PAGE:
Single B cell screening: How it aids in antibody discovery

As researchers race to identify new therapeutics, streamlined antibody discovery processes have never been more crucial, and the need for speed and efficiency is paramount.

The development of therapeutic antibodies is dependent on a comprehensive examination of B cell repertoires or hybridoma populations. Yet, traditional screening procedures are time-consuming and expensive.

This presents significant obstacles in the discovery of lead candidates for antibody modification and therapeutic candidate selection.

This article describes a robust and quick single B cell screening strategy for identifying antibodies with the necessary antigenic selectivity without the arduous requirement for conventional hybridoma screening.

Cyto-Mine® Single Cell Analysis System from Sphere Fluidics utilizes patented pico-droplet-based technology to harvest and analyze antibodies directly from whole B cell repertoires, therefore conserving cell viability and significantly enhancing efficiency.

Researchers can detect antibody-secreting cells and extract rare cells secreting antigen-specific antibodies within just two days using this technology, greatly reducing the time required for treatments to reach the market.

Challenges in the antibody discovery process

Generally, antibody discovery begins with the creation of hybridomas by fusing a B cell population with a myeloma cell population or using technologies such as phage display. All these procedures need several iterative examinations of antibody libraries to uncover leads.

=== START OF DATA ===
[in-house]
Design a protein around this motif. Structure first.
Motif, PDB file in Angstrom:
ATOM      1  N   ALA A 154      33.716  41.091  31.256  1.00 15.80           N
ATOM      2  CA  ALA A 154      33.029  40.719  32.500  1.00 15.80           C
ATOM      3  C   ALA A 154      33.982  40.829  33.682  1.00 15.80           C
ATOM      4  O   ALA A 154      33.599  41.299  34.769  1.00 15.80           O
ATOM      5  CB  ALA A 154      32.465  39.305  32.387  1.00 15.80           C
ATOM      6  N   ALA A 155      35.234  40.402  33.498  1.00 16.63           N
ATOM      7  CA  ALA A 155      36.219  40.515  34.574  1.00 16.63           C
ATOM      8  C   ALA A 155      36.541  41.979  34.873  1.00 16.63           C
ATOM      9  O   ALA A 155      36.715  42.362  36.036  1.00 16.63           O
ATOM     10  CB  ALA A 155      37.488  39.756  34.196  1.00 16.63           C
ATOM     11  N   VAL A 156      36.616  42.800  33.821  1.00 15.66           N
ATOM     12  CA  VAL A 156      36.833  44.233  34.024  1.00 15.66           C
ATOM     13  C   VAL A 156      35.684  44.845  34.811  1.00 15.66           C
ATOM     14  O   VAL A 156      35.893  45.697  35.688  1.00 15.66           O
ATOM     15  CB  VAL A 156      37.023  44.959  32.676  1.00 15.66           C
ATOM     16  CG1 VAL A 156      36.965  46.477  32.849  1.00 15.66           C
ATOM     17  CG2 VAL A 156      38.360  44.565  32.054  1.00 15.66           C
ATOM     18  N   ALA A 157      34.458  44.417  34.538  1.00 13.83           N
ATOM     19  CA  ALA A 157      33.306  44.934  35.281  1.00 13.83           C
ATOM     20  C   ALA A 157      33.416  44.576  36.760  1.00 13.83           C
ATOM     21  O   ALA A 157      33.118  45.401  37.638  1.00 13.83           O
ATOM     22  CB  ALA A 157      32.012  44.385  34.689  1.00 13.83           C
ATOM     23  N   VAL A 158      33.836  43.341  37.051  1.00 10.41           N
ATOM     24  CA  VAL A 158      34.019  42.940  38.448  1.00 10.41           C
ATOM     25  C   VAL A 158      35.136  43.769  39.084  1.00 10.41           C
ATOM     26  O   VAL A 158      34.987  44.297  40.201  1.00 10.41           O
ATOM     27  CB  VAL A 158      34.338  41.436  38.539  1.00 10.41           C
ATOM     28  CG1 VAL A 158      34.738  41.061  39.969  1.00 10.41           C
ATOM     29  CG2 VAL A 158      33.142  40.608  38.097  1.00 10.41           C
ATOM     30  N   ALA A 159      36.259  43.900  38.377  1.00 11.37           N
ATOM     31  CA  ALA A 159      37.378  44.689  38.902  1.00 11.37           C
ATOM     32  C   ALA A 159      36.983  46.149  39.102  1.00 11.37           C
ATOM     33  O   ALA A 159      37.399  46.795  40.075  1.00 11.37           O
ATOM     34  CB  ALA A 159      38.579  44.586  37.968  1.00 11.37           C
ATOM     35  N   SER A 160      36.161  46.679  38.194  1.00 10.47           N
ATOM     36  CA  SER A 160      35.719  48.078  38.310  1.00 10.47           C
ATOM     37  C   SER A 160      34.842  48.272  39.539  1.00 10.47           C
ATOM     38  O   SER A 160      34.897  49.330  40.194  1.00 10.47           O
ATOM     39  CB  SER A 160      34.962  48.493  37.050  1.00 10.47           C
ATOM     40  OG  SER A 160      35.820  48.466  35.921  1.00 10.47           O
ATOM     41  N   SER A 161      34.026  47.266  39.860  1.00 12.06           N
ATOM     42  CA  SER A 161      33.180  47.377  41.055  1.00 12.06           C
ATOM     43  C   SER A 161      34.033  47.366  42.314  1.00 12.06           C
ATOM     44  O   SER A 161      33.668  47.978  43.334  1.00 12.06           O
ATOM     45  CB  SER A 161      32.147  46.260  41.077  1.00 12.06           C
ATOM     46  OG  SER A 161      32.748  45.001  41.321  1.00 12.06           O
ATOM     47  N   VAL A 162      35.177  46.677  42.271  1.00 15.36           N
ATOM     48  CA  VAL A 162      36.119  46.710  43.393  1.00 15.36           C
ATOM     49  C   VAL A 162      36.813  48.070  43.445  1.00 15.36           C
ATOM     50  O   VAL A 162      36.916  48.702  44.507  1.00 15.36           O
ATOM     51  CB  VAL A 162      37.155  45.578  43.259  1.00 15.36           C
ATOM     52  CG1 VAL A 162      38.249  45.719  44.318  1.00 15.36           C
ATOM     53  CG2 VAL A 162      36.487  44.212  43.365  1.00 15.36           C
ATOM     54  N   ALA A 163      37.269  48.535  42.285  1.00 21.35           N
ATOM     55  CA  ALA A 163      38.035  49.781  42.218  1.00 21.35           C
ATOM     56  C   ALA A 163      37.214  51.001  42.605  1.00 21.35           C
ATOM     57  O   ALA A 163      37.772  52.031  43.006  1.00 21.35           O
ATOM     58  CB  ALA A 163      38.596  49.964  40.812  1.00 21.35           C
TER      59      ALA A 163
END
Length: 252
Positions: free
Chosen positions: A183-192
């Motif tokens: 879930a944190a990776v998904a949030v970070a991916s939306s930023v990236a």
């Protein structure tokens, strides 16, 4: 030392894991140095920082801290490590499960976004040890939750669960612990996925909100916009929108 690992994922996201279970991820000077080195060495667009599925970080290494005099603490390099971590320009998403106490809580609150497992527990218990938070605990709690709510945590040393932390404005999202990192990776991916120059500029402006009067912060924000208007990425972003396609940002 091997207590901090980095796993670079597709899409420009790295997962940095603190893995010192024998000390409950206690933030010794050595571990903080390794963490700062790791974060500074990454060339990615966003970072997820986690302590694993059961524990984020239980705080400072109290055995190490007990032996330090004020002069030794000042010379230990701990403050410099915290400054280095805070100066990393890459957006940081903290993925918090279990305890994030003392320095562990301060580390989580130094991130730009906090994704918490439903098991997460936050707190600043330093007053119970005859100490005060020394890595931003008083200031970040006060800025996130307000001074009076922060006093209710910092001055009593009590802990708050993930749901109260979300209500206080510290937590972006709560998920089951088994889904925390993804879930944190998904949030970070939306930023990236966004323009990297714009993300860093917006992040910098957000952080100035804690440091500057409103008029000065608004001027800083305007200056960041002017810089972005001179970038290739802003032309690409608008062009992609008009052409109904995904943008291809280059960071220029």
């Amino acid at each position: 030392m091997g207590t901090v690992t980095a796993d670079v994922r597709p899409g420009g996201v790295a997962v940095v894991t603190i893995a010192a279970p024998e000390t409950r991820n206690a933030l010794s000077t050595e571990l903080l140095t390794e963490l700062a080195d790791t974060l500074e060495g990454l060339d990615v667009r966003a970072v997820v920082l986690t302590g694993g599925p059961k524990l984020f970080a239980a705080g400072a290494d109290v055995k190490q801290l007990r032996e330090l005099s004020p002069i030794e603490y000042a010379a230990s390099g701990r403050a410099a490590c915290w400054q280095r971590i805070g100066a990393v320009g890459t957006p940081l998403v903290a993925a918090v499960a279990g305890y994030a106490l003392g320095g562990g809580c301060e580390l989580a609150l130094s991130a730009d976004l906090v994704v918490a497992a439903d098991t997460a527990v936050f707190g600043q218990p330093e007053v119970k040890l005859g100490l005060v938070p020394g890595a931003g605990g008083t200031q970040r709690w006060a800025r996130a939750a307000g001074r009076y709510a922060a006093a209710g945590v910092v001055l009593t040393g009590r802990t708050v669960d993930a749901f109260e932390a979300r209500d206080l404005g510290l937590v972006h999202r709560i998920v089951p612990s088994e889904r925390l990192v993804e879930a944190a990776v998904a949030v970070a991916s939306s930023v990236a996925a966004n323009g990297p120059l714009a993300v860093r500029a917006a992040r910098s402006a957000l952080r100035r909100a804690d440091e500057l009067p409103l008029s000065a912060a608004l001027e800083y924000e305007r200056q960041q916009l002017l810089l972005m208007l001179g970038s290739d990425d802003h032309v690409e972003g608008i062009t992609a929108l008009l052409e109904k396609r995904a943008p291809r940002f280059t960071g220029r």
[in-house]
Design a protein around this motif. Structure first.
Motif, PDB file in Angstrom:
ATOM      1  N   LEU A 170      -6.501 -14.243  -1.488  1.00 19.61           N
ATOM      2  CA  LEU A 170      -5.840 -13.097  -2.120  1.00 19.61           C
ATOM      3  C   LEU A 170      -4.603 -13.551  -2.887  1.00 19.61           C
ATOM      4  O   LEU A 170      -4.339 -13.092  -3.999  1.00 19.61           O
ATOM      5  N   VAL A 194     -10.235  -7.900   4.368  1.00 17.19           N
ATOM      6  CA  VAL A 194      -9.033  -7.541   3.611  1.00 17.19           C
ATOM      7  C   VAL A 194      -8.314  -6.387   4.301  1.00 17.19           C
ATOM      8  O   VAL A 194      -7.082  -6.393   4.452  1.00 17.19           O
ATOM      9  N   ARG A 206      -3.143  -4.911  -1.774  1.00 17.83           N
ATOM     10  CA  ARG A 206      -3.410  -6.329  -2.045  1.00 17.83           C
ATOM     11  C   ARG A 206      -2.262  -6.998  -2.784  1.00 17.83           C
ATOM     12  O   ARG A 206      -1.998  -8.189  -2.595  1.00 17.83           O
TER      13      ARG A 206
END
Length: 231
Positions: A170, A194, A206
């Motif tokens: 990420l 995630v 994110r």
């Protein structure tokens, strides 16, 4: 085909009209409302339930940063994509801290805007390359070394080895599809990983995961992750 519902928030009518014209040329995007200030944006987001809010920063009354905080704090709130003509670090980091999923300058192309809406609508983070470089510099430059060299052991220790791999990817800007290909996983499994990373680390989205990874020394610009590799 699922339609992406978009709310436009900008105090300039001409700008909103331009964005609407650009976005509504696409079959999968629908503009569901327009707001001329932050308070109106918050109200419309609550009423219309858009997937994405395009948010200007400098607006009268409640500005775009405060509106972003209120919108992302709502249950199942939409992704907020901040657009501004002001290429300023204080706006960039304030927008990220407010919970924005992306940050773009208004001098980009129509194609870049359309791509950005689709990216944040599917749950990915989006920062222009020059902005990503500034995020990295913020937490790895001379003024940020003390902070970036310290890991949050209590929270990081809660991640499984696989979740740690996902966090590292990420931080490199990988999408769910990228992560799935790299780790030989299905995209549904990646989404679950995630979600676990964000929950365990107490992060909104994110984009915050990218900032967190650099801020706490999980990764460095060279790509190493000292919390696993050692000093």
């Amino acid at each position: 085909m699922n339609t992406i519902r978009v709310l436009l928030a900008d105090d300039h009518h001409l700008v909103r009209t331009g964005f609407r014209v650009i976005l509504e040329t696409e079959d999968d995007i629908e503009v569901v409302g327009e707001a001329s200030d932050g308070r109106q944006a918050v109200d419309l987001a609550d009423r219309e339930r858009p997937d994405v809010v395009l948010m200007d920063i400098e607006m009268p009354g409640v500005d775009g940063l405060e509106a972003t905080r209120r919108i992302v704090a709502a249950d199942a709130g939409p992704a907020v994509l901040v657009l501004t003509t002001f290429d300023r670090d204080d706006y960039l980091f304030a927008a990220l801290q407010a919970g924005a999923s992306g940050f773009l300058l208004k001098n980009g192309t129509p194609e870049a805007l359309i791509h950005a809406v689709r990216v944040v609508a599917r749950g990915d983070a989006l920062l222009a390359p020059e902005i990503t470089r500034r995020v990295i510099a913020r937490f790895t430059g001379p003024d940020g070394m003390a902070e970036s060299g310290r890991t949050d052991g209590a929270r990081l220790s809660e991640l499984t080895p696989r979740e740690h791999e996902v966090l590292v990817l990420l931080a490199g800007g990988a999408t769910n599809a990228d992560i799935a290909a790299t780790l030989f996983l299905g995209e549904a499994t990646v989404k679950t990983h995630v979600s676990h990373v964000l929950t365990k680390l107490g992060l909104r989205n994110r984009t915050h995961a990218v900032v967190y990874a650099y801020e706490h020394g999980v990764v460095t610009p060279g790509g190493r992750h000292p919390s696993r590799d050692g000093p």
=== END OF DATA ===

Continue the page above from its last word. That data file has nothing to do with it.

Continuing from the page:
The leads are subsequently characterized, modified, and advanced to pre-clinical research. Despite technical and methodological advancements, there are still significant challenges to overcome.

First, hybridoma generation is time-consuming, expensive, and inefficient, as this approach may result in missing the rare antigen-binding antibody with the desired characteristics.

During hybridoma formation, many B cells die in development and cannot achieve effective fusion, resulting in the potential loss of vital antibody-secreting cells.

Second, conventional methods only examine a fraction of the cell repertoire. In the hybridoma scenario, a significant portion of the B cell repertoire is discarded during hybridoma formation; consequently, only a portion of the population is screened, and the most effective candidate molecules cannot be identified.

Considering the population of target cells can be as low as 0.001% of the original ~40 million cells harvested, this is a significant challenge to address.

The development of technology that can provide screening of the whole B cell population is paramount to ensure that key target-specific antibody-secreting cells are not missed.

High-throughput screening (HTS) remains the most successful lead generation strategy; when applied to the development of therapeutic antibodies, it reduces the time required to identify and isolate the rare antigen-specific, antibody-secreting cells from a population of millions.

Circumventing hybridoma fusion and phage display is often accomplished by screening the isolated B cells directly using flow cytometry.

Flow cytometry has the advantage of being very high-throughput, and antibodies secreted by B cells can potentially be screened using cold capture, a technique used to prevent the full secretion of antibodies by trapping them at the cell surface.